Various terms and definitions have been used to conceptualize self-regulation and its components (McClelland et al., 2010). Here, self-regulation is understood as the motivation and ability to maintain goal-directed actions over time and across several situational contexts in order to achieve desired goals (Karoly, 1993). Although relatively stable differences exist between individuals with regard to the motivation and ability to self-regulate (Raffaelli et al., 2005), there is situation specific variance in self-regulation within individuals depending on domain-specific temptation (Tsukayama et al., 2012). Self-regulation is conceived as a broad construct which includes the more specific components behavior regulation and emotion regulation. Behavior regulation includes the motivation and ability to pay attention, to follow rules, to resist temptation, and to inhibit inappropriate actions (e.g., McClelland et al., 2007; Heikamp et al., 2013). In contrast, emotion regulation is a process that serves to initiate, to inhibit, to maintain, or to modulate the experiences of emotions in order to achieve social adaptation or individual goals (Eisenberg and Spinrad, 2004). In the present study, we focused on strategies of emotion regulation that aim to change the experience of negative emotions (Cole et al., 2004). According to the transactional model of stress and coping, problem-oriented and emotion-oriented strategies can be distinguished (Lazarus and Folkman, 1984). Problem-oriented strategies are directed to the context and aim to change a situation that elicited negative emotions. In contrast, emotion-oriented strategies aim to regulate emotional experiences by changing the appraisal of a situation. Whereas problem-oriented strategies include instrumental actions that aim to change the cause of the negative emotional experience, emotion-oriented strategies involve the behavioral and cognitive avoidance of the problem (Lohaus et al., 2006; Skinner and Zimmer-Gembeck, 2007). Behavior regulation and emotion regulation can be seen as two distinct components of self-regulation. Even though behavior and emotion regulation are distinguishable concepts, they are interrelated during the course of development (Raffaelli et al., 2005). Considering the broad conceptualization of self-regulation and taking into account that self-regulation is a multidimensional construct (e.g., Duckworth and Kern, 2011), it is important to take a more nuanced perspective on self-regulation by viewing behavior regulation and emotion regulation as interrelated but separate aspects of self-regulation.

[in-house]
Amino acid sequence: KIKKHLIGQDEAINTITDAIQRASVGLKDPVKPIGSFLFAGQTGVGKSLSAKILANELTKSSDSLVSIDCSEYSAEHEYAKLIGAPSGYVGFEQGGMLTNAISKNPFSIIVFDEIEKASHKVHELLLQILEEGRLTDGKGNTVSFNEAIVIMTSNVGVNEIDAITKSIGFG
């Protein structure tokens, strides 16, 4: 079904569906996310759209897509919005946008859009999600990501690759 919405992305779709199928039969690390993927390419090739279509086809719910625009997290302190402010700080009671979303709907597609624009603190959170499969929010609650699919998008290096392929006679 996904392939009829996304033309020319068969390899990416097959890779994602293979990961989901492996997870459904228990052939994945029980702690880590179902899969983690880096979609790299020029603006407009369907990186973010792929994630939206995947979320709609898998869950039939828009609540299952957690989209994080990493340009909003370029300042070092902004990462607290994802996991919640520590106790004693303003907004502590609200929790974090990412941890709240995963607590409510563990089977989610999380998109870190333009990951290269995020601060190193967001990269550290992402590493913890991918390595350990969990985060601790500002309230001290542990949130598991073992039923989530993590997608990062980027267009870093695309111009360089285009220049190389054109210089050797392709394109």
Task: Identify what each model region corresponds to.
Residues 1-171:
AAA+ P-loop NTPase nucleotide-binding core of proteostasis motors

The transition from elementary to secondary school is associated with increasing demands such as self-organization, homework, and exam preparation in various subjects. Hence, children need to adopt self-regulated learning strategies (through goal-setting, strategy use, and self-monitoring) to be successful in school (Blair, 2002). Students have to develop self-regulation strategies, which include goal oriented processes that aim to regulate emotions and behavior in order to adapt successfully to school (Zimmerman, 1990; Schunk and Zimmerman, 1997; Suchodoletz et al., 2009). Self-regulation, with its components behavior regulation and emotion regulation, is positively associated with school achievement (Calkins, 2007; McClelland et al., 2007). According to Zimmerman and Schunk (2011) self-regulated students are effective in school because they set learning goals, apply effective learning strategies, monitor their own goal progress, establish a productive learning environment, and develop self-efficacy beliefs for learning.
Behavior regulation enables one to remember and follow instructions and to concentrate on tasks without getting distracted. Therefore, behavior regulation is positively related to the development of positive classroom behavior and academic achievement (McClelland et al., 2007). Most notably, behavior regulation accounts for additional variance in school achievement above and beyond the variance that is explained by intelligence (e.g., Duckworth and Seligman, 2005; Suchodoletz et al., 2009).
Blair (2002) argued that adequate emotion regulation in the classroom facilitates cognitive processes (e.g., memory, attention, planning, problem solving), which are necessary for scholastic learning. In the school context, emotions have to be regulated to allow for the child's appropriate achievement behavior (Trommsdorff, in press). In general, both problem-oriented and emotion-oriented strategies can be adaptive strategies to regulate emotions. It depends on the situation which strategy brings higher benefits (Lohaus et al., 2006). Adaptive emotion regulation means to adopt strategies flexible depending on the situation (Lohaus et al., 2006; Skinner and Zimmer-Gembeck, 2007). Regarding strategies which are used to regulate negative emotions in the school context, studies have shown that problem-oriented strategies have positive effects whereas emotion-oriented strategies (e.g., avoidance, distraction) have negative effects on school achievement (e.g., Brdar et al., 2006; Cohen et al., 2008). This effect can be seen in individual differences in preparing for examinations and in different relations with achievement in the school context. For instance, students who are more likely to use problem-oriented strategies prepare for examinations and plan their work, whereas students who use emotion-oriented strategies do not actively cope with the future examination and thus do not take enough time to study (Zeidner, 1995). Whereas problem-oriented strategies might be more effective for school achievement, emotion-oriented strategies might be adaptive in order to regulate emotions in the short term (e.g., to feel good) but may have negative consequences regarding school achievement in the long run.